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Hubbard’s House Conference Hauls in Cash

By Bill Britt
Alabama Political Reporter

MONTGOMERY—Last week (May 15th, 2013) with legislation still pending before the Alabama House of Representatives, all business stopped for a House Republican fundraiser.

The Alabama House Republican Conference—led by Speaker of the House Mike Hubbard—raised around $100,000 dollars at the 90 minute event. Thus putting an exclamation point on the new republican transparency.

The who’s-who of Montgomery’s well-heeled lobbyists and Big Business donors climbed the steps of the RSA Terrace building—across from the Statehouse— to fill the coffers of the politically partisan non-profit.

The Alabama Political Reporter had a reporter inside the building but was asked to leave by Rep. Micky Hammon (R-Decatur) who said that reporters were not welcome to cover the fundraiser.

As a non-profit foundation the Alabama House Republican Conference is under no legal obligation to disclose its donors and has not publicly done so. However, inside the event a large board touted the names of the gala’s sponsors.

The soiree was attended by gold, silver and bronze sponsors, with marque names like Alabama Farmers Federation/ALFA Insurance, Blue Cross Blue Shield of Alabama and Cash America payday lenders.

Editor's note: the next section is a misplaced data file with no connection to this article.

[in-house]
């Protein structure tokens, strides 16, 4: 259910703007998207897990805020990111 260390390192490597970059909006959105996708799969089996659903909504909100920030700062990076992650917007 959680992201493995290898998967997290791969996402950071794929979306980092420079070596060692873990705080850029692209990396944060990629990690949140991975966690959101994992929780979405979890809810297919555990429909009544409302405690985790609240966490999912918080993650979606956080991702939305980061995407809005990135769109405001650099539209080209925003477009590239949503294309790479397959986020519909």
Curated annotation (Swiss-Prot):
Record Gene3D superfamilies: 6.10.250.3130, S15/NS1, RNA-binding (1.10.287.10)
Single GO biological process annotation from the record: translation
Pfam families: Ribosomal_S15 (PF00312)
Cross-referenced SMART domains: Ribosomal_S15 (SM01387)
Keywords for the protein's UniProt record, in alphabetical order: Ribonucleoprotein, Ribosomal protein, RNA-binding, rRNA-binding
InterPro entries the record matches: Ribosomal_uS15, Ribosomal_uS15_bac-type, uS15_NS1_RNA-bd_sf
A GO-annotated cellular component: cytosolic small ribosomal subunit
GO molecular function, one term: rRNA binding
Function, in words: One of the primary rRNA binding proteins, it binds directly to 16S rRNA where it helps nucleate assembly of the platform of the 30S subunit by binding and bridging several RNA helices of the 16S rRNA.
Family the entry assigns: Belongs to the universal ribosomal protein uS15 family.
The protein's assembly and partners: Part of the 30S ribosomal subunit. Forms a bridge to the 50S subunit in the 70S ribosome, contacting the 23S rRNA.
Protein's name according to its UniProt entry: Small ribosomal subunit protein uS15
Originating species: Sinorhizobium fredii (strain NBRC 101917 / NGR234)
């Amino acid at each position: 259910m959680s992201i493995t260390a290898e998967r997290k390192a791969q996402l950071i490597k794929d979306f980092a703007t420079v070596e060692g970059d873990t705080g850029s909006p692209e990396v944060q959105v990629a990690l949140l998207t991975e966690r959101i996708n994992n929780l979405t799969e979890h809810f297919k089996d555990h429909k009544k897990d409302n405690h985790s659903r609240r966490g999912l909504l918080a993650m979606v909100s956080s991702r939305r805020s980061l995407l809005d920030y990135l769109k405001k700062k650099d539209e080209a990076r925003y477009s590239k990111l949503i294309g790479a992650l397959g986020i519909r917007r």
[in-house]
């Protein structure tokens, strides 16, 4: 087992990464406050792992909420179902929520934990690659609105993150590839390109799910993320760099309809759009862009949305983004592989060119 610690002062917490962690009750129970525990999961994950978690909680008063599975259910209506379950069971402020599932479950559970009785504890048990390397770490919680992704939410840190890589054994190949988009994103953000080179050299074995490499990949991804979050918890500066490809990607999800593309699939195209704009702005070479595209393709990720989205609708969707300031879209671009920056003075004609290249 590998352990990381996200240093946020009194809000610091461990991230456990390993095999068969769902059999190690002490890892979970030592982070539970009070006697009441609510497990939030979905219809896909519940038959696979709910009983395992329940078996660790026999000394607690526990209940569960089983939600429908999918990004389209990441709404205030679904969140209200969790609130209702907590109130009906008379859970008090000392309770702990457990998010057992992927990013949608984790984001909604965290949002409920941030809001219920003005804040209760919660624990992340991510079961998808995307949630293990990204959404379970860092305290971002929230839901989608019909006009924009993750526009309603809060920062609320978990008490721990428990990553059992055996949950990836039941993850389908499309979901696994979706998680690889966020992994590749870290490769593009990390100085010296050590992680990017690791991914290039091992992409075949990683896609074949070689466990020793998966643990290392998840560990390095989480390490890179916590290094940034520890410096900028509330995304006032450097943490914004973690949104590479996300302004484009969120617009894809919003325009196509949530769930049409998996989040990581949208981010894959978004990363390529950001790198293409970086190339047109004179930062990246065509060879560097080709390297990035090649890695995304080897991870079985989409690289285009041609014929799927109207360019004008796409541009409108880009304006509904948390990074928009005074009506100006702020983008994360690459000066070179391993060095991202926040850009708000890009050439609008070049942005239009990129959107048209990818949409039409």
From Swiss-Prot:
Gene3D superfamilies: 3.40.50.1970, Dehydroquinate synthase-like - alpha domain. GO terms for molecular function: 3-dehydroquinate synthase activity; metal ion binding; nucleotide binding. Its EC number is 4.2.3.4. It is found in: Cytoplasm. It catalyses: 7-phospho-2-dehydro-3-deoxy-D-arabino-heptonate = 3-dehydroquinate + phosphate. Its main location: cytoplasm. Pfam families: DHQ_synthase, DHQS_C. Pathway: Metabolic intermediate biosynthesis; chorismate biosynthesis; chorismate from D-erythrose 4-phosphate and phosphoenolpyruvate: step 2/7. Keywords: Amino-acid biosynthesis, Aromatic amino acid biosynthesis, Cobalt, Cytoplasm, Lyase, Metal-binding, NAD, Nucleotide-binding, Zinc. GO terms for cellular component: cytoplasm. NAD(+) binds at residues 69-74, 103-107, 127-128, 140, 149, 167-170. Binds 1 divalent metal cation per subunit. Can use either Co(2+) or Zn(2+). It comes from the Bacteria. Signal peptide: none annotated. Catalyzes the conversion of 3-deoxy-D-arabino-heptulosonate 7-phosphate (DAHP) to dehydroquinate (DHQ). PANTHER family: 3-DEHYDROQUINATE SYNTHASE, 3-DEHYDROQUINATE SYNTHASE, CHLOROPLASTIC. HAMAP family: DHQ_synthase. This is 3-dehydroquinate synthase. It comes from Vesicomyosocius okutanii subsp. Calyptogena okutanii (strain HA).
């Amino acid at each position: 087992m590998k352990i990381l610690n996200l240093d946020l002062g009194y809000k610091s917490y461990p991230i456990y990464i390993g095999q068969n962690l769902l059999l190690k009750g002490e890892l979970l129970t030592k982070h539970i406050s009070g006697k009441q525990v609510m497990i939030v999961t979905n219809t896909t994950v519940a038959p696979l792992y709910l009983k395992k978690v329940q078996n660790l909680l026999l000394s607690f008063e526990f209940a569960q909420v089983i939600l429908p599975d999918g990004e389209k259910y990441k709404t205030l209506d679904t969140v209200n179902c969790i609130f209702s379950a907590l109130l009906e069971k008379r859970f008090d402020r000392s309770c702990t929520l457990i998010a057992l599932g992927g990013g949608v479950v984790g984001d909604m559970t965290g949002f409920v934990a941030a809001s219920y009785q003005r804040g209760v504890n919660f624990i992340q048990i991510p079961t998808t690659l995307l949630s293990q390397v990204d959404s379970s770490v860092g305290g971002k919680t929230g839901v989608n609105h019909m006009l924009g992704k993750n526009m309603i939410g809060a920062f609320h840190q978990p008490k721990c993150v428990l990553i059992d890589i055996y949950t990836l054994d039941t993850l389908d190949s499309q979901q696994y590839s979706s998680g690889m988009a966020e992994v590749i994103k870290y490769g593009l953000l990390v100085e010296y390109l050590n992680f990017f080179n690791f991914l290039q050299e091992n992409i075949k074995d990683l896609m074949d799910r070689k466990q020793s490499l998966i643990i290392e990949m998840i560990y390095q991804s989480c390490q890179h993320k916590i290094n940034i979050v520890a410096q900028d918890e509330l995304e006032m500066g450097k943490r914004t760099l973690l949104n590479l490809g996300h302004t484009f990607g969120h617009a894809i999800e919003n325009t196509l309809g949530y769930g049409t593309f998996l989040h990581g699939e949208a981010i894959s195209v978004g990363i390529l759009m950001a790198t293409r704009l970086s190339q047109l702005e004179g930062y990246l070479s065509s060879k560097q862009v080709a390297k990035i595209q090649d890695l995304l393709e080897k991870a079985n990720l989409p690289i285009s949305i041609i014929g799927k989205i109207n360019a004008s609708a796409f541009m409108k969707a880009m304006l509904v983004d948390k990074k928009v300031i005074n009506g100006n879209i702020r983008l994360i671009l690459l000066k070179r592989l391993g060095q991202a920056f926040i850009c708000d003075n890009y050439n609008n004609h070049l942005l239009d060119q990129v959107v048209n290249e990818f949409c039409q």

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So successful was the financial recruiting that a Platinum category had to be established to accommodate Alabama Asphalt Pavement Association, who has as their lobbyist SAHR led by Speaker Hubbard’s closest associates Dax Swatek and David Azbell.

The Alabama House Republican Conference secretary of state filings show the non-profits mission is “education.” With over 50 lobbying groups and big business organizations in attendance it begs the question, what type of education were these special interest groups receiving for their $5000 dollars checks?

The invitation claimed that special remarks would be given by Speaker Hubbard and the House leadership during dinner and drinks. Certainly, Alabama voters would like to have this type of exclusive information but most Alabamians don’t have an extra few thousand to lavish on such political affairs.

While narrowly within the confines of Alabama’s Fair Campaign Practice Act, the Alabama House Republican Conference strains to point-out that, it, “is not a Political Action Committee.”

Hubbard, recently told the Associated Press that the Alabama House Republican Conference was used to “mostly educate ourselves.”

According to the man who has acted as the GOP chief-fundraiser, and spokesperson for so-called “real-conservatives,” Hubbard has remained quiet as to the real reason the people’s business was halted in the House so that he could entertain lobbyist and corporations.

What private advice was handed out to these high-end donors during the 90 minute cash-call?
Tea Party activist—like the ones who have lobbied on behalf of conservatives values during the 2013 session—and concerned citizens seem to have not received an invitation to receive education from Hubbard and company.